With each new year comes a slew of new years resolutions.
Fueled by the opportunity to start fresh, all of our bad habits from the year prior don't stand a chance to these annual promises we make to ourselves.
We take personal vows to get organized, spend more time with family and friends, and hit the gym a little harder.
Free Guide: The Ultimate Inbound Marketing Strategy Playbook 2022
Unfortunately after a month or two, a lot of the new year motivation starts to fizzle out, and we find ourselves right back where we started.
We've come up with a few social media bad habits that you can commit to kicking this year.
Trust us, while saying no to that doughnut for breakfast may sting a bit, these social media bad habits are much easier to sink.
Sharing the Same Content Across the Board
Simply pushing your tweet over to Facebook may seem harmless, however there is something about this type of overlap that just doesn't sit well with us.
In doing so you may feel like you are saving yourself valuable time, but at what cost to your followers?
Imagine the feeling people get when their birthday falls on Christmas and they receive one gift intended to cover both occasions. While that may sound a bit materialistic, your followers are in fact tuning into each of your channels for a variety of valuable content resources, not a broken record.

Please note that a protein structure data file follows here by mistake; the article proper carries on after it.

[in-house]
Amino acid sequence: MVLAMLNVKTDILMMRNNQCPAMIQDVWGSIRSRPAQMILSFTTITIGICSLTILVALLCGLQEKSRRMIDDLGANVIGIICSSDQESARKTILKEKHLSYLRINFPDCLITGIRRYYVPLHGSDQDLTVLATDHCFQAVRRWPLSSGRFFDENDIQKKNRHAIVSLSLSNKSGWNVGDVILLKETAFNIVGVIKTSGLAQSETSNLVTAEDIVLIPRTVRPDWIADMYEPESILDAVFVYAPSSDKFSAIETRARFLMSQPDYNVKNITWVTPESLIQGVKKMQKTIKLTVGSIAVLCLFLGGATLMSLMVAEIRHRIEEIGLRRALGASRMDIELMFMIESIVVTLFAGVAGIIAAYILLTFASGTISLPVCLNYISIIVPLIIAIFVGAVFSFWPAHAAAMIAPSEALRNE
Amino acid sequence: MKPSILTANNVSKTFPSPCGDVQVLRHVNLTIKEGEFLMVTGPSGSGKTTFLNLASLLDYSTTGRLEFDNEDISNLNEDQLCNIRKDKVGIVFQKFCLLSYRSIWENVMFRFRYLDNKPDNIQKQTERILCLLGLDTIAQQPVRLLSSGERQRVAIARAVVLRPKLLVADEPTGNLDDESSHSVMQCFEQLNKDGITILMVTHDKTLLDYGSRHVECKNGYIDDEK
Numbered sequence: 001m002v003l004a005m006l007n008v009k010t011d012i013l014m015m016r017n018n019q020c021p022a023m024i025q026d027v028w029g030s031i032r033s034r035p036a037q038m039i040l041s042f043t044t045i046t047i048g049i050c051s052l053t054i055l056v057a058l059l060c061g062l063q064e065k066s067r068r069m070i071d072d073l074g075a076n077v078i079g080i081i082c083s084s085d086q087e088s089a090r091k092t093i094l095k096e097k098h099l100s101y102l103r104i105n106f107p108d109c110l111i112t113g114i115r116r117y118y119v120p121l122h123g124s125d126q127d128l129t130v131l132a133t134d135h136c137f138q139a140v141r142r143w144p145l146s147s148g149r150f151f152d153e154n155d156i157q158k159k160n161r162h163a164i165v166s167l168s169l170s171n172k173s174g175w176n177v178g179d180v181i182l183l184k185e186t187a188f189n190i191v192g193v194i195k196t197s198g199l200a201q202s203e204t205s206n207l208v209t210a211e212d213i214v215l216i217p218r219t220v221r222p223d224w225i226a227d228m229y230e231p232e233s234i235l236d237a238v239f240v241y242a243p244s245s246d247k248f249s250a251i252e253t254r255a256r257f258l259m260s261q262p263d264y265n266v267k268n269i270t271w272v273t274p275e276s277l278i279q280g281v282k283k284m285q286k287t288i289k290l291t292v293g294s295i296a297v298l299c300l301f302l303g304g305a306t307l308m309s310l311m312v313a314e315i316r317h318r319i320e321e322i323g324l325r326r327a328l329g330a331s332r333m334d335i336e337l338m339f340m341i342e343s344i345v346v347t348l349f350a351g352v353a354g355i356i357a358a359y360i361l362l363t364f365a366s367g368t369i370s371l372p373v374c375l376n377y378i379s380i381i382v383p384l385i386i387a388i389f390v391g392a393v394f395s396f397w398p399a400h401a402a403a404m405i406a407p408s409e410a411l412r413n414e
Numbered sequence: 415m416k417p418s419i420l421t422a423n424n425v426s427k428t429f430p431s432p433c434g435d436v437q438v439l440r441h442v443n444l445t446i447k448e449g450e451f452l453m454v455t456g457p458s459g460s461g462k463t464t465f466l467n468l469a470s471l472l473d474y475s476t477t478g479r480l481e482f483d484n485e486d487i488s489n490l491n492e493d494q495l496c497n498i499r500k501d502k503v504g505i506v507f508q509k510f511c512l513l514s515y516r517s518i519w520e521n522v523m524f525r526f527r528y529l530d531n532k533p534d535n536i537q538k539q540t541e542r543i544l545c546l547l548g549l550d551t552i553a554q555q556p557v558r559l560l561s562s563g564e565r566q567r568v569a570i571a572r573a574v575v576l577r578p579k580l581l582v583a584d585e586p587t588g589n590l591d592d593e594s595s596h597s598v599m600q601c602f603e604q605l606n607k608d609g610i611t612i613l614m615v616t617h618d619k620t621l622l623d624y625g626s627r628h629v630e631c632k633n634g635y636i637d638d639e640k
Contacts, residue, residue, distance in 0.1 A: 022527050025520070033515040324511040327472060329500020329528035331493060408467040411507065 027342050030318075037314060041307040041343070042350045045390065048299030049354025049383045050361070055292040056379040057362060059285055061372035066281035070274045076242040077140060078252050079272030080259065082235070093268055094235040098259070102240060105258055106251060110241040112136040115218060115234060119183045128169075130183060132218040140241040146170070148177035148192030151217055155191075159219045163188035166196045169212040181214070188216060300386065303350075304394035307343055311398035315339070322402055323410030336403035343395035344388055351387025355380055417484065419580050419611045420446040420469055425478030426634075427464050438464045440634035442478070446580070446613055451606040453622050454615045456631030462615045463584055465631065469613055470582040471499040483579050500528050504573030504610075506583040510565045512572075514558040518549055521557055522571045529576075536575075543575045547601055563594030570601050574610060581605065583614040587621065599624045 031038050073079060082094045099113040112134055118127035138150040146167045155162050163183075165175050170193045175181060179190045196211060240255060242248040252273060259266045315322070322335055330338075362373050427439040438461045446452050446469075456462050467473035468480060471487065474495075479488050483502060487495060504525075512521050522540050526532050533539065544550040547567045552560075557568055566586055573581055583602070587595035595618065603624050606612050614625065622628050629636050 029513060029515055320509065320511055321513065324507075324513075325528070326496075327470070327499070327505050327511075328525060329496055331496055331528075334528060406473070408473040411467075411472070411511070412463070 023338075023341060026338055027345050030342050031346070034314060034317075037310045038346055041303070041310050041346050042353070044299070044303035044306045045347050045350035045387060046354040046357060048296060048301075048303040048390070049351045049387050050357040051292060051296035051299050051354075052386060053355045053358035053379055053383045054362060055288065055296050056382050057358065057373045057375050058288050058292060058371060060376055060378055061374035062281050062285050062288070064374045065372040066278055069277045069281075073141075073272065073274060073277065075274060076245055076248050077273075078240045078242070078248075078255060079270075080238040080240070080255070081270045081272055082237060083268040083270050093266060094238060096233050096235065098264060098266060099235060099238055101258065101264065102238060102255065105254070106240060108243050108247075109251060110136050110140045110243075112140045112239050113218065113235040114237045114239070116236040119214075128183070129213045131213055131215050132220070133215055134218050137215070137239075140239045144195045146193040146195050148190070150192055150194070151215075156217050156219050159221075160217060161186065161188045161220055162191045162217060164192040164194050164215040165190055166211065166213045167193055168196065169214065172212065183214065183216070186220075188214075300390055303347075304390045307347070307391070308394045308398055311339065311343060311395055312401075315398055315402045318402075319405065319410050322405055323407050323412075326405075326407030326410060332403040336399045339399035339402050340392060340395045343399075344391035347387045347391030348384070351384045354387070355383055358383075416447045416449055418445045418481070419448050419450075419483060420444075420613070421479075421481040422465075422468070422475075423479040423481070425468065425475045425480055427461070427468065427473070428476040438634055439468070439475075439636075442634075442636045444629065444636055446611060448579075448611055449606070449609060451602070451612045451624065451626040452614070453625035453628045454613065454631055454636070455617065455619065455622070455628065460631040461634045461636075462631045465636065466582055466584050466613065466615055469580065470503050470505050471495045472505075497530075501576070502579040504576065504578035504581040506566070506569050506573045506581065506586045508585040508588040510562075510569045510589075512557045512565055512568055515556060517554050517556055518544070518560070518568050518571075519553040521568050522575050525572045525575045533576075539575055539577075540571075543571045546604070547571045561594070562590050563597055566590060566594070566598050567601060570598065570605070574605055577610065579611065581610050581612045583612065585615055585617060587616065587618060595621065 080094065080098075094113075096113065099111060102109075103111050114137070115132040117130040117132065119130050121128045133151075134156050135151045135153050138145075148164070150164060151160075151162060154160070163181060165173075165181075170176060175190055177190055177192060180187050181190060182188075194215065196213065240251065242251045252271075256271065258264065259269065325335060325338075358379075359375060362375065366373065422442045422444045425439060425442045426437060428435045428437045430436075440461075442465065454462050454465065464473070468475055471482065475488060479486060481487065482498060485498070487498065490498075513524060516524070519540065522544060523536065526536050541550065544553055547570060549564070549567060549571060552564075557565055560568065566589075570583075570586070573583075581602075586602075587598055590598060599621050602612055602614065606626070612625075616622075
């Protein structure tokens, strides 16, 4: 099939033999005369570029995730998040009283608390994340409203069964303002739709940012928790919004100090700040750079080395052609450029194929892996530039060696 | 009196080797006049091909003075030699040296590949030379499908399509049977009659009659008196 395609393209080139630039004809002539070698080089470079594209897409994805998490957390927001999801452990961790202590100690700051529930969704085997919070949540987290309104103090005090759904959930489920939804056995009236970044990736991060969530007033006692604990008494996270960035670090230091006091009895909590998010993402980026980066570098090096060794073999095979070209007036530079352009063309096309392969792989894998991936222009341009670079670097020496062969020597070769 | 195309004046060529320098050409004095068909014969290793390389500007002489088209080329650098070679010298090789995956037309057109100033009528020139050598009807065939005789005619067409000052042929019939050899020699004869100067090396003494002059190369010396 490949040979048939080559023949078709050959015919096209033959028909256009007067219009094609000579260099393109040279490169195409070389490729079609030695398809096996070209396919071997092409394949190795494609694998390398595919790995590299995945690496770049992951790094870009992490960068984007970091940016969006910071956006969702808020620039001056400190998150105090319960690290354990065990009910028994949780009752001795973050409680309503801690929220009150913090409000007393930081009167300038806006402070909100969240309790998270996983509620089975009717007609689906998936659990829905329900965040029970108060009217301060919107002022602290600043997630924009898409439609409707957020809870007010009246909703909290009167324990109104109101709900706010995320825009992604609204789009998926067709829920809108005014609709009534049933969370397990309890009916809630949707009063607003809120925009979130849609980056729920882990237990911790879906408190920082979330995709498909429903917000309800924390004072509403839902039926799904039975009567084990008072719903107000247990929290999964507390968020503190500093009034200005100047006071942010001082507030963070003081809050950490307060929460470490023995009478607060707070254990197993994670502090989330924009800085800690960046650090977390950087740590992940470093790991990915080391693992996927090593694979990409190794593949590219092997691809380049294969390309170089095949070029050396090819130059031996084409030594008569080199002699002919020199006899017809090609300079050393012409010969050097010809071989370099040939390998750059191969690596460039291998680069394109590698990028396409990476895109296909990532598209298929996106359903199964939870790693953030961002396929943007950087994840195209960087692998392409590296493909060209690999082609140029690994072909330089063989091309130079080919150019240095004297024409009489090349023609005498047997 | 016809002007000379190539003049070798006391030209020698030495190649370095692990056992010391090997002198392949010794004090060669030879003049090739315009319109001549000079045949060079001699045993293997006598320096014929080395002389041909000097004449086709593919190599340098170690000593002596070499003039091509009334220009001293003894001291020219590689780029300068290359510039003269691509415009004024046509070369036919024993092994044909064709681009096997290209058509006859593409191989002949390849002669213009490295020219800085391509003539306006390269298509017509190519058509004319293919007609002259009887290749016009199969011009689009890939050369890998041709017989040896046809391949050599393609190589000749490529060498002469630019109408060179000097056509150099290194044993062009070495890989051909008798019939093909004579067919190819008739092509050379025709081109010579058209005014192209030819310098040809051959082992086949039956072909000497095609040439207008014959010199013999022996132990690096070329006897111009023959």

It's not so much about posting the same content to each platform, but rather serving it up in the same way regardless of the social landscape. LinkedIn and Twitter, for example, are two very different social situations. While you may pepper your short-tail tweet with a couple hashtags, this type of structure won't resonate well on a professional platform like LinkedIn.
Ignoring the 80/20 Rule
What's the 80/20 rule?
When applied to social media, the 80/20 rule refers to the ratio at which you should be divvying up the type of content you publish. While 80% of the time your content should be geared toward non-promotional material, the other 20% of the time you have the freedom to promote as you please.
Sound fair? This rule of thumb serves as a healthy scale for a number of reasons.
By rationing the amount of time you spend dishing out content thats all about you, you, you the greater the opportunity you create for yourself to learn more about them, them, them. Them being your audience; the expanse of social media users who you are creating your content for.